How this graph was created: For the first two lines: Search for “passenger miles” and choose “Revenue Passenger Miles for U.S. Air Carrier Domestic and International, Scheduled Passenger Flights.” From the “Edit Graph” panel, use the “Add Line” feature to search for “seat miles” and choose “Available Seat Miles for U.S. Air Carrier Domestic and International, Scheduled Passenger Flights.” For the third line: Use the “Add Line” feature to search for and select the “Available Seat Miles…” series again. Then use the “Add data series” feature: Under “Customize data,” search for and add the “Revenue Passenger Miles…” series again; in the formula box, use the formula a/b. From the “Format” menu, select “Right” for the y-axis position for the third line, then choose the widths and colors you prefer for all the lines.

Suggested by Alexander Monge-Naranjo.

View on FRED, series used in this post: ASM, RPM

Metro area economic conditions FRED has updated its Metro Area Economic Conditions Indexes through September 2017

Last week the St. Louis Fed updated its estimates of economic growth through the third quarter of 2017 for 68 of the U.S.’s most populous metropolitan statistical areas (MSAs). Average growth across these MSAs was 2.7 percent, which is consistent with the 2.3 percent year-over-year growth in U.S. real GDP during the same period.

The data are summarized in a FRED release table called Economic Conditions Index by BEA Region (under the main category of Metro Area Economic Conditions Indexes). Growth was the fastest in the Southwest and the slowest in the Plains. Given the geographical aspects here, we can use GeoFRED to map the economic growth for these MSAs in September 2017: For example, activity declined in Detroit, Hartford, Houston, and Miami, while growth was relatively strong in San Antonio, Louisville, and San Jose.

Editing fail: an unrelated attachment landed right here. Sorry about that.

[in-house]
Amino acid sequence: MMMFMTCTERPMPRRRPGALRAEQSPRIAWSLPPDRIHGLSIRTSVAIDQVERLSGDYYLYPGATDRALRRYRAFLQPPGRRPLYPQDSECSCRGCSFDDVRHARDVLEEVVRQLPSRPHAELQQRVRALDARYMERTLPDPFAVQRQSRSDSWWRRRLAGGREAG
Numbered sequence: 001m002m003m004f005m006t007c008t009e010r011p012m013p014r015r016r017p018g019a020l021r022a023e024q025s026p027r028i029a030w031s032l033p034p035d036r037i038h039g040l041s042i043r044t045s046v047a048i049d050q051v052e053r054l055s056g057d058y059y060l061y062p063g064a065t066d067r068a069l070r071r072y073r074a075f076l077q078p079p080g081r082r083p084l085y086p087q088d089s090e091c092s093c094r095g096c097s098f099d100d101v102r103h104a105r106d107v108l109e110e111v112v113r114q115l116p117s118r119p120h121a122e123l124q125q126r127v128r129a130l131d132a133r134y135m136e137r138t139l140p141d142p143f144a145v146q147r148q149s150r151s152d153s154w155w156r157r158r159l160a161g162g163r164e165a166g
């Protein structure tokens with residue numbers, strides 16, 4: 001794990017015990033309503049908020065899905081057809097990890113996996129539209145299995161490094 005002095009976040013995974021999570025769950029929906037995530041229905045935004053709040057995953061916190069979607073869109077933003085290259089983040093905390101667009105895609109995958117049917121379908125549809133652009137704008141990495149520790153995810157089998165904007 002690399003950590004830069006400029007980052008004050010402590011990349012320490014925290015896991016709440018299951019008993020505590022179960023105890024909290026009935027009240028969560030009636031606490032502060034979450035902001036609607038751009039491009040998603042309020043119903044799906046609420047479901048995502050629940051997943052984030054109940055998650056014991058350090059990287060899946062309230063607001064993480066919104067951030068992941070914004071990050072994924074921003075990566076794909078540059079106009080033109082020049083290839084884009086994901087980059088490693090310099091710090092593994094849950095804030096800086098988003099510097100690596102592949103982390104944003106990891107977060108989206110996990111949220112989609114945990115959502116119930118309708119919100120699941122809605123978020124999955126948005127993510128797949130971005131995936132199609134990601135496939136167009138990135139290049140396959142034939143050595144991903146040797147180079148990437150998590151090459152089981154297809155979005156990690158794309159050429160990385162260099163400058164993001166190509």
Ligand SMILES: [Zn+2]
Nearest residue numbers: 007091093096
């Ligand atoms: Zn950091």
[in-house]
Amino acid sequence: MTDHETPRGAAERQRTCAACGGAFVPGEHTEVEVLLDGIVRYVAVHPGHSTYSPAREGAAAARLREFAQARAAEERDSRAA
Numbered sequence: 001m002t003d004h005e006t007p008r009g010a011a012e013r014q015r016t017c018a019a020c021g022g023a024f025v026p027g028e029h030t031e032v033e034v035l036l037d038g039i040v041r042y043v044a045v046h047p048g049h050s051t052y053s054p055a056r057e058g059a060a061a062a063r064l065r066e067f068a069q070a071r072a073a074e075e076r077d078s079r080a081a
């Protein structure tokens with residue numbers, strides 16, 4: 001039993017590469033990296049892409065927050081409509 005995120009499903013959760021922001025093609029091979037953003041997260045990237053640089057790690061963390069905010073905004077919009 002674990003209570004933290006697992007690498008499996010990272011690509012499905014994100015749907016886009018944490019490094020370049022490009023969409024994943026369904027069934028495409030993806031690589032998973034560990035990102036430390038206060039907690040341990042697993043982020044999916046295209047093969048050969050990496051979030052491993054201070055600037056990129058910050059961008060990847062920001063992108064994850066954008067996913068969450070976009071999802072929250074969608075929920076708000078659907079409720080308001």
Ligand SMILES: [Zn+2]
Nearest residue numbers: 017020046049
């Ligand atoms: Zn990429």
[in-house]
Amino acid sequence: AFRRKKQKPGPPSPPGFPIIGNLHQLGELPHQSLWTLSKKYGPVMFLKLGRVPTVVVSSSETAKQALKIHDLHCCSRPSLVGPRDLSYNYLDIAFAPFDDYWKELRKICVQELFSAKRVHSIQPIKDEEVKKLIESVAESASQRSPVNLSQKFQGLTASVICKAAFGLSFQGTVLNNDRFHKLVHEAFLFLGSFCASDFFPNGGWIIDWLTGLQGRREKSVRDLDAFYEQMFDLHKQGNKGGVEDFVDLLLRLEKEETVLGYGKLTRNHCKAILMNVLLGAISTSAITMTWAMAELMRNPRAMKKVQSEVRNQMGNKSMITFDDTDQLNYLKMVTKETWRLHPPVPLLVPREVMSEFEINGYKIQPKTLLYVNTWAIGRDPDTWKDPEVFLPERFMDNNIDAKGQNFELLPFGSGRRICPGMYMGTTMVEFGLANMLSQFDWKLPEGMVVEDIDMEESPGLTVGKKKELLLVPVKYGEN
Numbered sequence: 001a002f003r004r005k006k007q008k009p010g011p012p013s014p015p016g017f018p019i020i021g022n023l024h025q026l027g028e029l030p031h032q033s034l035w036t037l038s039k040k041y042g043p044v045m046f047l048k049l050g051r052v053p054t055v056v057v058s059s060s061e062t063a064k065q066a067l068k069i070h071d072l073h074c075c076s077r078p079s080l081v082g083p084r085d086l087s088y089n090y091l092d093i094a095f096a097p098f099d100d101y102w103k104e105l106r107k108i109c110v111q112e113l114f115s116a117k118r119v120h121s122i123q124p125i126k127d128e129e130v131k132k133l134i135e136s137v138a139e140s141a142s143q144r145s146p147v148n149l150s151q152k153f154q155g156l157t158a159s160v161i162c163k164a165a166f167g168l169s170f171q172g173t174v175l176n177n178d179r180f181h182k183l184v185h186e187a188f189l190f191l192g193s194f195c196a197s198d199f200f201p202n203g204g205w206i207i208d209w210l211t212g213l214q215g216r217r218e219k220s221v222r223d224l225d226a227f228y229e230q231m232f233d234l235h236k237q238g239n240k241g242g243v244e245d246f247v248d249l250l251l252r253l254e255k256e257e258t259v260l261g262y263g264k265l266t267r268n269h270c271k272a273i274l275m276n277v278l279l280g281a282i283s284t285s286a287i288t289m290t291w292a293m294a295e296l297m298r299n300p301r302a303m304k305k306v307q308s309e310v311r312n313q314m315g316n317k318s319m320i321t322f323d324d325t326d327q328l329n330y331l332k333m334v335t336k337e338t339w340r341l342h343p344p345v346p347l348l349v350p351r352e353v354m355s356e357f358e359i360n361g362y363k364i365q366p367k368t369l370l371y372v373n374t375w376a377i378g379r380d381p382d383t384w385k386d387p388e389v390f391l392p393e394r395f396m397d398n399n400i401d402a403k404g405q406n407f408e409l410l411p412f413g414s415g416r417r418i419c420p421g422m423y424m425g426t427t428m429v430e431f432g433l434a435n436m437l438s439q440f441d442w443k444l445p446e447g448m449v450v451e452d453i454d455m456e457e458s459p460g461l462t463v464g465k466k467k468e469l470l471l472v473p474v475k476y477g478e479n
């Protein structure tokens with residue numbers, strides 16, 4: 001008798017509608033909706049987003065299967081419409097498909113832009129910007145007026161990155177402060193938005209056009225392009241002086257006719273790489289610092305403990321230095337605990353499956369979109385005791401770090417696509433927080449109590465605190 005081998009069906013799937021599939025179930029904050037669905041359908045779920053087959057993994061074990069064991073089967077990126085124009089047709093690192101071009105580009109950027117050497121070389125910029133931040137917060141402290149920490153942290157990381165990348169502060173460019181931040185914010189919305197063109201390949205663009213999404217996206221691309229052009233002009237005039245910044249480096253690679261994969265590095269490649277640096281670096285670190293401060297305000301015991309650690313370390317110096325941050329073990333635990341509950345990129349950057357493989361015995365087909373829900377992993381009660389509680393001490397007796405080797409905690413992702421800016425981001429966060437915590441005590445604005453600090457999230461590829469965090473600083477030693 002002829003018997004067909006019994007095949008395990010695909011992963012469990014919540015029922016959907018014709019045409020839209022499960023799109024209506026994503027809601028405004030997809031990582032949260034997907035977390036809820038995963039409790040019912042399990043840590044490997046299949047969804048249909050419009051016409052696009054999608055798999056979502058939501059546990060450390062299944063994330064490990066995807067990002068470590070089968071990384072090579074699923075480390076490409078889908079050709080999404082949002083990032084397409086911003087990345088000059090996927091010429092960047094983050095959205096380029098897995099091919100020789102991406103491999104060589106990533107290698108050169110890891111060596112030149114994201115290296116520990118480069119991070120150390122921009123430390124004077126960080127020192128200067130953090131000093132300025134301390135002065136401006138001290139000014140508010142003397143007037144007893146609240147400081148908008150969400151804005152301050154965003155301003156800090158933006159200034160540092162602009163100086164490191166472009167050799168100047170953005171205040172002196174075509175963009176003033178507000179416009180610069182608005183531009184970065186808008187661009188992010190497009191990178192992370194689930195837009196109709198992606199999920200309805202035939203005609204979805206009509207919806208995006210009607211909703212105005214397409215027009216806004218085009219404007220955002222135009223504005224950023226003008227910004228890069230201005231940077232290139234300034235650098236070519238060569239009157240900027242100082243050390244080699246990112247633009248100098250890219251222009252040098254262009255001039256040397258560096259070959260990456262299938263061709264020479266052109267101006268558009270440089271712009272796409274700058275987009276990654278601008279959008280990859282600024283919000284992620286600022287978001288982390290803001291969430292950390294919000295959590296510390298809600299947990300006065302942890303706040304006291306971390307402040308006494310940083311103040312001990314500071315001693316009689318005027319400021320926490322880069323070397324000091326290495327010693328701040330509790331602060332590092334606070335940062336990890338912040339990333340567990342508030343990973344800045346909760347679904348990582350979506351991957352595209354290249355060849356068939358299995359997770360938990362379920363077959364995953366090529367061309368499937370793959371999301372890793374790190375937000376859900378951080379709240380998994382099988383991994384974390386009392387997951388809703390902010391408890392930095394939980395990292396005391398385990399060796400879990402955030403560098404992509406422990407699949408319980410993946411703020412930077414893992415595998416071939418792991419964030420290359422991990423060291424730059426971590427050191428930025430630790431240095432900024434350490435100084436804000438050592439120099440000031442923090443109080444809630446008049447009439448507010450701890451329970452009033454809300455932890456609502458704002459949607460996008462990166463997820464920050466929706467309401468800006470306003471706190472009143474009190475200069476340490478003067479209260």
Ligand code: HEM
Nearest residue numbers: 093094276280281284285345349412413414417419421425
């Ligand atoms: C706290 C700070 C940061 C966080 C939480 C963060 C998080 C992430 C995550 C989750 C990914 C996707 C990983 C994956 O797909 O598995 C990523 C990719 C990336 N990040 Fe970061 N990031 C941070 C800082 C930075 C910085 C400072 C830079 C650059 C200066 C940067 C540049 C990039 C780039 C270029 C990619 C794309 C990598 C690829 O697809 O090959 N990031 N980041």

Impact of Hurricanes on the Houston and Florida MSAs

There’s a noticeable decline in the growth rates of the MSAs affected by hurricanes Harvey and Irma last fall: The graph above shows Houston’s 0.5 percent decline in August and 1.0 percent decline in September; Miami’s 1.9 percent increase in August and 0.6 percent decline in September; and Tampa’s near 4 percent increase in August and previous months and 2.4 percent increase in September.

Economic Activity in the Eighth Federal Reserve District MSAs

Overall growth among the four largest MSAs in the Eighth Federal Reserve District continued to improve at a modest pace during the third quarter of 2017, as can be seen from the graph below. Growth in Little Rock, St. Louis, and Louisville picked up, while growth in Memphis slowed a bit. Overall third-quarter growth was fastest in Louisville at 4.3 percent, followed by Little Rock at 3.3 percent, Memphis at 2.2 percent, and St. Louis at 1.9 percent.

How these graphs where created: For the map: Go to GeoFRED and click on “Build New Map.” Under “Region Type” in the Tools menu, select “Metropolitan Statistical Area”; under “Data,” select “Economic Conditions Index.” To change legend colors, select “Colors” and chose a divergent color set that uses a bold color for both high and low values. To change the ranges, select “Edit Legend” and enter the interval values 0, 2, 4, 6.